St Bees to Ennerdale Bridge – 14 miles / 22.5 km
To many, the Coast to Coast Path is a challenging walk. You’ll find a route of 190 (or more) miles, stretching from the Irish Sea in the West, to the North Sea in the East. Starting in Cumbria, and ending in Yorkshire. Three National Parks. Varied terrain. Largely un-waymarked. In short, it’s a handsome challenge, and it was one we were to complete in 12 days.
I was walking with my seasoned hiker father (Rob), my outdoors aficionado friend (Craig), and his marathon running father (John) . We met at St Bees where to route heads West before heading East, over fields and along tracks towards to Lake District and within sight of the hills and mountains to come.
It’s an easy enough day walk, but nothing worth shouting about. It’s good to have a simple slog as a first day to get the gears rolling, but the first notable climb (if that) sits at a measly 350 metres above sea level (called Dent Hill). The cold fog that came in created the illusion it was much more than that, hence the rather heroic picture above, taken by two sly sirens who surely wait for budding Coast-to-Coast-ers at the top of that hill every day, leading them astray like they did us.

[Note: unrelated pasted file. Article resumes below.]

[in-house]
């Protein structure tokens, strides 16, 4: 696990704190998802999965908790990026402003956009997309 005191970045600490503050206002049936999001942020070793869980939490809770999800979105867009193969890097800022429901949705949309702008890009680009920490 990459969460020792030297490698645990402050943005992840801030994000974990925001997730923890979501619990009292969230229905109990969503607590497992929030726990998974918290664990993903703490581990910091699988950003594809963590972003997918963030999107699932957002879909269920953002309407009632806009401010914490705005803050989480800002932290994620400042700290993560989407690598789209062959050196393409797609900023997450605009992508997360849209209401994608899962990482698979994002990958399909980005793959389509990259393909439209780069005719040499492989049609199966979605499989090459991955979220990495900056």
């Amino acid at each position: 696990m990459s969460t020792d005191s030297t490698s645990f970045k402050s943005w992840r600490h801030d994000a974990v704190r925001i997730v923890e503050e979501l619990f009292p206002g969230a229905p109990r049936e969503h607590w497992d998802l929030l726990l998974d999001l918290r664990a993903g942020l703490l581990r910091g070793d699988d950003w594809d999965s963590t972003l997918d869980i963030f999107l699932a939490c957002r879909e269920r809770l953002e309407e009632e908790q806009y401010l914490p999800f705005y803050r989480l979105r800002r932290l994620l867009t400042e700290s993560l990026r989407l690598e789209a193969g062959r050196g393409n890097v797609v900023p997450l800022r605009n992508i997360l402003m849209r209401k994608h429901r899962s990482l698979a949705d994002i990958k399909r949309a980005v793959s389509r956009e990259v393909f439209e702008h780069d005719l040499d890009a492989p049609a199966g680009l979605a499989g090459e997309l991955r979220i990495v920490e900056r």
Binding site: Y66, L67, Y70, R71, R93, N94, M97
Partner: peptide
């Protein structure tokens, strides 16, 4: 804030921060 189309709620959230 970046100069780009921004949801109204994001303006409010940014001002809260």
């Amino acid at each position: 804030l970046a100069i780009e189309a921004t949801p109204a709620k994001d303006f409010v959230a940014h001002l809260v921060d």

Rather than take the steep descent by Nannycatch Beck, we headed West for the second time that day. We joined a road that we marched along in fury at whoever was holding the maps, and whoever did the most talking to the sirens. That, and whoever had summoned the rain; not standard pitter-patter rain, but the misty light rain that gets into everything.
Rather embarrassingly, we finally arrived at Ennerdale, to find our campsite behind the church next to a semi-surging river lapping at the dry stone wall between it and us. We threw our tents up, found shelter at a pub, and ended the night inside our damp tents, hoping our luck got better and our spirits less damp.